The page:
MakerDAO Is Offering Free Basic Blockchain Courses In Brazil
Almost 120 students, aged 14-24, are now coming together every week in Rio de Janeiro for free courses about computer programming, financial literacy and blockchain technology.
Erick Baumgartner, the coordinator of World Bank research field, said that he went to three high schools in the Pavuna district for recruiting students for the nine-month program, starting from May this year.
“Even for classes that are happening right outside their houses, we’ve already had two days when they couldn’t come to class because of police operations,” Baumgartner said. “When shooting starts, people can’t go out of their houses.”
For serving this marginalized community of aspiring developers, the World Bank collaborated with a range of organizations, including Banco Maré, MakerDAO, Federal University of Rio de Janeiro, and Blockchain Academy, the Brazilian education start-up.
Only about half of the total number of students passed the computer literacy test for taking the blockchain-based course. These students will be learning how to make Ethereum-based smart contracts, basics of web programming and some bit about Hyperledger.
“The final purpose of all these efforts is to give them a real opportunity to be hired,” said Rosine Kadamani, co-founder of Blockchain Academy. “By the end of the training program, students are going to participate in a hackathon with MakerDAO, to have the opportunity to create something more concrete, something that could be helpful for themselves.”
MakerDAO claimed that its goals for the program are selfless and public-spirited. MakerDAO’s head of business development in Latin America, Nadia Alvarez, said that she hopes for students to learn about “solutions” beyond traditional financial institutions:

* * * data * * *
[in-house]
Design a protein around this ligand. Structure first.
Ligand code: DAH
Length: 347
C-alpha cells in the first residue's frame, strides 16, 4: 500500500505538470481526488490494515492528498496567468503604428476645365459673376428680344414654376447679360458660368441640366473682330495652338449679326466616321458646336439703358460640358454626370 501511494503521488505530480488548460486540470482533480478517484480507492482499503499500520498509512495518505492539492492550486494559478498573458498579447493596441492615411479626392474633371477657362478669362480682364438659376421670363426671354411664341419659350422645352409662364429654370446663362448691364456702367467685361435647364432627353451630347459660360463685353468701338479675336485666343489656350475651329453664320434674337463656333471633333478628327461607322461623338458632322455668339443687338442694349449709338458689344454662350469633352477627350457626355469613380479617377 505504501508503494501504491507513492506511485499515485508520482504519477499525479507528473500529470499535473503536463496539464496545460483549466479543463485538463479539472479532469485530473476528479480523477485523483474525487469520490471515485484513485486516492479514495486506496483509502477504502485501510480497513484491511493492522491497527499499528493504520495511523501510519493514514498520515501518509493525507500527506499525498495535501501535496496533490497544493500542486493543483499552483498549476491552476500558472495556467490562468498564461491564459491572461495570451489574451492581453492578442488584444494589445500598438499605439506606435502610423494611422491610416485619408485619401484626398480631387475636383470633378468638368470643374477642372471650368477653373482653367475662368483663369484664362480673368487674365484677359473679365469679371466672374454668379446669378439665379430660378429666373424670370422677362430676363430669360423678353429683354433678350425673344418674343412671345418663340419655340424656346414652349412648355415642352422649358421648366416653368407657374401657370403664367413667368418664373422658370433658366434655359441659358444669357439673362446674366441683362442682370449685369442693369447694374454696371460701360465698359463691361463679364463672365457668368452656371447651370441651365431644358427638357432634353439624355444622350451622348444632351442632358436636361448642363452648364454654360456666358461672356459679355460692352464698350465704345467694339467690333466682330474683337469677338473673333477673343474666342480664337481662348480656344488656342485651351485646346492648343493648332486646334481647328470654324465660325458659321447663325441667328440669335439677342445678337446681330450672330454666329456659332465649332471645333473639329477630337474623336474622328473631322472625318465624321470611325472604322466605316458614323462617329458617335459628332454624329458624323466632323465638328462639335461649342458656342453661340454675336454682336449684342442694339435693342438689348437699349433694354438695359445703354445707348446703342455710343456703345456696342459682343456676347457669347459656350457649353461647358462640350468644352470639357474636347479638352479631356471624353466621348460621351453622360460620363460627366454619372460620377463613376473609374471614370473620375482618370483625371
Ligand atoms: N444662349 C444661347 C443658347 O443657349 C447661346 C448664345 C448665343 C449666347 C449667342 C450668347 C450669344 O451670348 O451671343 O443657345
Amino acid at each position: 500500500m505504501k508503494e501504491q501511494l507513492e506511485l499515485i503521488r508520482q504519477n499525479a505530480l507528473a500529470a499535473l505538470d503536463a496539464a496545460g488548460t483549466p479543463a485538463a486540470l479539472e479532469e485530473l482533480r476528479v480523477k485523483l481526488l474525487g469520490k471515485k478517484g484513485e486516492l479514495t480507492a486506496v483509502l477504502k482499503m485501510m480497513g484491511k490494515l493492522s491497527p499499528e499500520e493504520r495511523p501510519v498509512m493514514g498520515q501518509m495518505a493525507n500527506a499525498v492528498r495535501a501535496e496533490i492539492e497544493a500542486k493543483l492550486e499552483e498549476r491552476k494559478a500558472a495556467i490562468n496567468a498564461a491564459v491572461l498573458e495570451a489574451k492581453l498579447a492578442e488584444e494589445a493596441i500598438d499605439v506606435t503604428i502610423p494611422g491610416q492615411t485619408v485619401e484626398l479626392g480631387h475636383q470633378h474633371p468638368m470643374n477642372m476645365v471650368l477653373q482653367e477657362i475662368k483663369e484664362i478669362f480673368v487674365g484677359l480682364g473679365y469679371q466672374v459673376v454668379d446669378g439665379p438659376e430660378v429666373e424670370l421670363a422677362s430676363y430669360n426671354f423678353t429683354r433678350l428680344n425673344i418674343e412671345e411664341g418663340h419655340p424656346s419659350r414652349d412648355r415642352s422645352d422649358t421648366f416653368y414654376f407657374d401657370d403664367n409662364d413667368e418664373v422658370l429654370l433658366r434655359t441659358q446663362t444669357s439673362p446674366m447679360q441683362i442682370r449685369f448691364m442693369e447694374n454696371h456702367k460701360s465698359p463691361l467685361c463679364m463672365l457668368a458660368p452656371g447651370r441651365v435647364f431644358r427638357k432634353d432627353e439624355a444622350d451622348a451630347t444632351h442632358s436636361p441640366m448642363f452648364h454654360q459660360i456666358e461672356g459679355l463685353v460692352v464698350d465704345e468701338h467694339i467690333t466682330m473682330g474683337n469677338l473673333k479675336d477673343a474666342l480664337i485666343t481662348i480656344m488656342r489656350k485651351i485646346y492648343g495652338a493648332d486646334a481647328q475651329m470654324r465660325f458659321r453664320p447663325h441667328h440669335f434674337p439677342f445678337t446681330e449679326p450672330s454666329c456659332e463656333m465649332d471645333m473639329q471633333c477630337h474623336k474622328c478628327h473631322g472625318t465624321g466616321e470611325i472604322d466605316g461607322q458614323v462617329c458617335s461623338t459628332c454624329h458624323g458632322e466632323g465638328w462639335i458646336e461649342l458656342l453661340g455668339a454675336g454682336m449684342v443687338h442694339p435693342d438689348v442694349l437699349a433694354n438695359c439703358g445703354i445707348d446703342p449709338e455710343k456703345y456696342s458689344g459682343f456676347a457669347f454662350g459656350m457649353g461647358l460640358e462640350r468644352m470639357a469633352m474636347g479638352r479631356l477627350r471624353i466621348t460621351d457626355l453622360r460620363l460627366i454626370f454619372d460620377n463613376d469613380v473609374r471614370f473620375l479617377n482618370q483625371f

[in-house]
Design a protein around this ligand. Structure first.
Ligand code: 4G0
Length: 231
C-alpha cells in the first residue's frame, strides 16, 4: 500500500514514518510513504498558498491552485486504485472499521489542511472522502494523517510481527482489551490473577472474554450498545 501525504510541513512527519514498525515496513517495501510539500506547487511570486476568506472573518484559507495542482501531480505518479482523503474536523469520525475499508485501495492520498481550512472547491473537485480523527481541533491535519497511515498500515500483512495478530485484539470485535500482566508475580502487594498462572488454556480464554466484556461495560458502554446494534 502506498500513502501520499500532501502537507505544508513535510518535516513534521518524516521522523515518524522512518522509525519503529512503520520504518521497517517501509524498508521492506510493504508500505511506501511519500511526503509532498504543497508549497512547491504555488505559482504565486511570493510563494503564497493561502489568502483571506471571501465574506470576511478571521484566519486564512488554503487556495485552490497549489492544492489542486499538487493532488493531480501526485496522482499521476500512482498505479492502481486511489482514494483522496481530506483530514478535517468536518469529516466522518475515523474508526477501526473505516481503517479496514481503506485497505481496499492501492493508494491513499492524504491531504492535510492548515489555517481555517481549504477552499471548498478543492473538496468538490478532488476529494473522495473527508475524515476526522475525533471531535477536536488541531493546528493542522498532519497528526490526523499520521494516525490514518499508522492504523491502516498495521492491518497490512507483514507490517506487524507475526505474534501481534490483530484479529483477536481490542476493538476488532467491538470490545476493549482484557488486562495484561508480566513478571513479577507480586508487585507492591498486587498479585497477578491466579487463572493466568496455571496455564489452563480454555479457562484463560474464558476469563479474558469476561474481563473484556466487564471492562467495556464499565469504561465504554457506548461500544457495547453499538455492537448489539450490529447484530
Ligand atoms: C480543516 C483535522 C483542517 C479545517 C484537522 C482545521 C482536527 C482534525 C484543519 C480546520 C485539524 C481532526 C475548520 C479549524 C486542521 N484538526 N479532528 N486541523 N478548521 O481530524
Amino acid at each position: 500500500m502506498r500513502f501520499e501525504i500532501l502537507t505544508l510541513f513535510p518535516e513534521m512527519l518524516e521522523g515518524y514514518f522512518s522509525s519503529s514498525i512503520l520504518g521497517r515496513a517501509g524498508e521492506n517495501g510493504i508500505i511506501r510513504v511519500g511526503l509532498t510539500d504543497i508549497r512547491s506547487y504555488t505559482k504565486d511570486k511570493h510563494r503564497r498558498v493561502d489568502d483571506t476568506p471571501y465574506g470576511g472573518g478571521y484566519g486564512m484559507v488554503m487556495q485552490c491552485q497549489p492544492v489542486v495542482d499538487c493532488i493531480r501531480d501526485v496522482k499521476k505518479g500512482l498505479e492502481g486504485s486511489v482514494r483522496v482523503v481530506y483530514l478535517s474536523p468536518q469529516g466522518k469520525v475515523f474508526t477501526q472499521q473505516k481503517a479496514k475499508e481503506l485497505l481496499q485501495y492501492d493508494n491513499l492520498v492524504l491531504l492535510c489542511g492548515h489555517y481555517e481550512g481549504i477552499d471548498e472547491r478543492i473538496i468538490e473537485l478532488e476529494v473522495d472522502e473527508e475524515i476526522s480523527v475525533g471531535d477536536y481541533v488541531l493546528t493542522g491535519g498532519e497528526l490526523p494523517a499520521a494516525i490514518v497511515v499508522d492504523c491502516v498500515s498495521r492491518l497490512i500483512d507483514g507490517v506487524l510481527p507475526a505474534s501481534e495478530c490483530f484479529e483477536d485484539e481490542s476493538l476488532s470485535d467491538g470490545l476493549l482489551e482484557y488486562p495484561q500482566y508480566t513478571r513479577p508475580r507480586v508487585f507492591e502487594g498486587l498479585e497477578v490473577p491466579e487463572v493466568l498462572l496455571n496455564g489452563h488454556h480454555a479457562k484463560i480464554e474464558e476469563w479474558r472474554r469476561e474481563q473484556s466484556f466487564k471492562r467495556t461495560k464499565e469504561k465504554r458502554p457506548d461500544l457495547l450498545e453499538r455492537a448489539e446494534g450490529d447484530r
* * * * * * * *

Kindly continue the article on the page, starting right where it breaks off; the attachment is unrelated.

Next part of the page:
“What we want is to give them information to develop their curiosity around the blockchain and other financial options they have.”
Rosine Kadamani added that a program comprises of versatile education, which includes the risk of decentralized finance (DeFi), in order to make students decide for themselves if crypto loans match their needs.
A 17-year-old student, Luiz Felipe Rangel Silva said that they primarily use cash, even though his family has a bank account. He is not aware of concepts like payment apps and blockchain, except for the brief mentions of Bitcoin in the news.
“I’m always interested in learning and being better prepared [for jobs], also learning how to make websites and software,” he added, saying that students at his school were not allowed to use the computer lab in order to retrench theft, therefore, this course will be his first attempt at learning programming.
World Bank’s Baumgartner and MakerDAO’s Alvarez both claimed this initiative to be pilot, hoping to expand it next year if it is to help the current participants gain job opportunities.
Kadamani said that the initiative is looking to partner with companies from the crypto industry, who are looking to hire or contribute to the program curriculum.
As to why MakerDAO sponsored the program, Alvarez explained:
“It’s an incredible opportunity to create new solutions thinking of the actual needs of people in different countries.”